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Beware of COVID-19 Vaccine Scams       11/30 06:15


   WASHINGTON (AP) -- The coronavirus vaccine inching toward approval in the 
U.S. is desperately anticipated by weary Americans longing for a path back to 
normal life. But criminals are waiting, too, ready to use that desperation to 
their advantage, federal investigators say.

   Homeland Security investigators are working with Pfizer, Moderna and dozens 
of other drug companies racing to complete and distribute the vaccine and 
treatments for the virus. The goal: to prepare for the scams that are coming, 
especially after the mess of criminal activity this year with phony personal 
protective equipment, false cures and extortion schemes.

   "We're all very excited about the potential vaccine and treatments," said 
Steve Francis, assistant director for global trade investigations with Homeland 
Security Investigations. "But I also caution against these criminal 
organizations and individuals that will try to exploit the American public."

   No vaccine has yet been approved by the U.S. Food and Drug Administration. 
The FDA has approved the first treatment for COVID-19, the antiviral drug 
remdesivir. With vaccines and treatments both, it has warned about the 
potential for fraud.

   "The FDA is particularly concerned that these deceptive and misleading 
products might cause Americans to delay or stop appropriate medical treatment, 
leading to serious and life-threatening harm," the agency said in a recent 

   The drug companies are to have safeguards and brand-protection features in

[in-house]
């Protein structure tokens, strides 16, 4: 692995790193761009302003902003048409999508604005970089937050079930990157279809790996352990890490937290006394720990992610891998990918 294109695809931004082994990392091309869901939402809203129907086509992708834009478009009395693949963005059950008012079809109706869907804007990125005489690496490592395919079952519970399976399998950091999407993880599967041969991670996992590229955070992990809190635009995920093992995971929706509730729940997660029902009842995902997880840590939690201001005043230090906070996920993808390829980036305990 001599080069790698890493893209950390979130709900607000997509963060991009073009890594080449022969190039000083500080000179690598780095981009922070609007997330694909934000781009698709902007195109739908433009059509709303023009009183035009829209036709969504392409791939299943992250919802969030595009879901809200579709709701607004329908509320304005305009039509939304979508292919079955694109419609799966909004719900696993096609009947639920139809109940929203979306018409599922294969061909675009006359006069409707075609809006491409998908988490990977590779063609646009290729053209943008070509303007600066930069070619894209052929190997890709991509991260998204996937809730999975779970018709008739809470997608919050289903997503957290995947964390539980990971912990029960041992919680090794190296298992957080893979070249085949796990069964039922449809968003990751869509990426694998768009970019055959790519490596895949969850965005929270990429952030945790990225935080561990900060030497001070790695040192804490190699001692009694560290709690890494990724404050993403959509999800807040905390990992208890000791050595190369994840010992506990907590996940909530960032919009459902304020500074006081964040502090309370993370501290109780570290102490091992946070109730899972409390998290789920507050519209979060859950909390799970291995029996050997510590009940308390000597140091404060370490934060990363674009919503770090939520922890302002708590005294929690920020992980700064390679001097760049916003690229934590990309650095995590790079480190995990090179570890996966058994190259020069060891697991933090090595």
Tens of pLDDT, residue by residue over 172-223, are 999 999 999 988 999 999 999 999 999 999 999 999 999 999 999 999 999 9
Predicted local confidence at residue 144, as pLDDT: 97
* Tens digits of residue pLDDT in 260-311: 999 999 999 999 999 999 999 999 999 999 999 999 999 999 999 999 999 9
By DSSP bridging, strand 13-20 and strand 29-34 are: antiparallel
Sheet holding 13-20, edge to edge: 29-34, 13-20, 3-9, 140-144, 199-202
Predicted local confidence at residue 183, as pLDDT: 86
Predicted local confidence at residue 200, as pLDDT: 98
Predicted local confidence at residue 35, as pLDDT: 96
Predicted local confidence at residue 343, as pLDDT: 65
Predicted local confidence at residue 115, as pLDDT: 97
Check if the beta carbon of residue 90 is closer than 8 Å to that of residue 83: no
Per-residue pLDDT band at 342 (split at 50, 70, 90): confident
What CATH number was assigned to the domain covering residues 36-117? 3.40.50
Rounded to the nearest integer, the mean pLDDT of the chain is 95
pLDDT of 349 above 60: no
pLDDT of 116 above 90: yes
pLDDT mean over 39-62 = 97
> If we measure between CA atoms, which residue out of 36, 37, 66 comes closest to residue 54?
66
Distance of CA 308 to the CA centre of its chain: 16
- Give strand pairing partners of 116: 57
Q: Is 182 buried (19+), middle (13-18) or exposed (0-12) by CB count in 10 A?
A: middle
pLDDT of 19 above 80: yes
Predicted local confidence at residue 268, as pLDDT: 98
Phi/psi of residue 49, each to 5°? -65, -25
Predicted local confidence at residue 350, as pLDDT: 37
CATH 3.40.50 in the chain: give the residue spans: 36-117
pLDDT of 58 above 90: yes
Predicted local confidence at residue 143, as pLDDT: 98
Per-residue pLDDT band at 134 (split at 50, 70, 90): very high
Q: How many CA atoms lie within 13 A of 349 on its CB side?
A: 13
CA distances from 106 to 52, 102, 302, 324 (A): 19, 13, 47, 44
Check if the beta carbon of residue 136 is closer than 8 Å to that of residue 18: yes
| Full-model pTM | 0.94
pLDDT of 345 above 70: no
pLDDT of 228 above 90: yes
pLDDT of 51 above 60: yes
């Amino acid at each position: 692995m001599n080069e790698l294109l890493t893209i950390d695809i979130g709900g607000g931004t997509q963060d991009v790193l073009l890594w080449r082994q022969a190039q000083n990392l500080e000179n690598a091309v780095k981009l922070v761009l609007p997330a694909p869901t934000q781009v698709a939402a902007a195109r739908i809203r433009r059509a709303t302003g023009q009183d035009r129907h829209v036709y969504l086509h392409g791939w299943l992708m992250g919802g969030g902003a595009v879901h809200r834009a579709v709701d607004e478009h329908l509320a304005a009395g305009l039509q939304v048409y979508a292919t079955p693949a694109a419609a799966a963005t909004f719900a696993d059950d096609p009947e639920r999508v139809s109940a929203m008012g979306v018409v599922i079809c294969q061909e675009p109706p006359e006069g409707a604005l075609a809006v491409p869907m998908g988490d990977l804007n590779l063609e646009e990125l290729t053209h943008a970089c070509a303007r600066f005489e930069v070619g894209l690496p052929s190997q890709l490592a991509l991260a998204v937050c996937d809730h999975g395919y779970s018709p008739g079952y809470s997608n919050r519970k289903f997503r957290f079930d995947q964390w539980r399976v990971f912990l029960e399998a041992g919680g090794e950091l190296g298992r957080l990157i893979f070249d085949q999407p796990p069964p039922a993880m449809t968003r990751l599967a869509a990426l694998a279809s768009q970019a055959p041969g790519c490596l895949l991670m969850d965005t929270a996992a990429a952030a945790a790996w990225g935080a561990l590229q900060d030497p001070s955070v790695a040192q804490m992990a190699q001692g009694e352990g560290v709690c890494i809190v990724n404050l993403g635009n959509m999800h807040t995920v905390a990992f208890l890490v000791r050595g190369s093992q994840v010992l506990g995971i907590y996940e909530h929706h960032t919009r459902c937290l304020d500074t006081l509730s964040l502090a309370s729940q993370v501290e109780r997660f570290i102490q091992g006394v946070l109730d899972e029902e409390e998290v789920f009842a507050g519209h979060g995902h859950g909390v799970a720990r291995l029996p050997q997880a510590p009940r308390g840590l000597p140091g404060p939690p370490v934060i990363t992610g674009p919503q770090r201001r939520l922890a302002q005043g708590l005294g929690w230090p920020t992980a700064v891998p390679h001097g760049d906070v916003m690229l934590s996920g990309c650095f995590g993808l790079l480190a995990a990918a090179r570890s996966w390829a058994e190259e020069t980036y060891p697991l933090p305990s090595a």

place to help avoid fraud, but that may not be available until the second 
generation of vaccine because everything is operated on such an emergency 
basis, said Karen Gardner, chief marketing officer at SIPCA North America, a 
company that works as a bridge between the government, businesses and 
consumers. She said that makes it more important to educate health care 
providers on what the real thing looks like.

   "When you have anything in high demand and limited supply, there is going to 
be fraud," she said. Desperation will drive people around normal channels.

   Meanwhile, investigators are learning about how the vaccine will be packaged 
and getting the message out to field agents, creating a mass database of 
information from more than 200 companies, so they can be prepared to spot fakes 
and crack down on dangerous fraud. They are monitoring tens of thousands of 
false websites and looking for evidence of fake cures sold online.

   Earlier this year as cases exploded, hospitals and governments grew short on 
masks, gloves and other protective gear. Scams grew, too. Tricksters preyed on 
unwitting citizens to hand over money for goods they'd never receive.

   Homeland Security Investigations started using its 7,000 agents in tandem 
with border, FDA and FBI officials to investigate scams, seize phony products 
and arrest hundreds of people. The effort is headquartered at the National 
Intellectual Property Rights Coordination Center, a government watchdog aimed 
at enforcement of its international trade laws and combating intellectual 
property theft.

   The agency has already analyzed more than 70,900 websites suspected as being 
involved in some type of COVID-19 fraud. Millions of fake or unapproved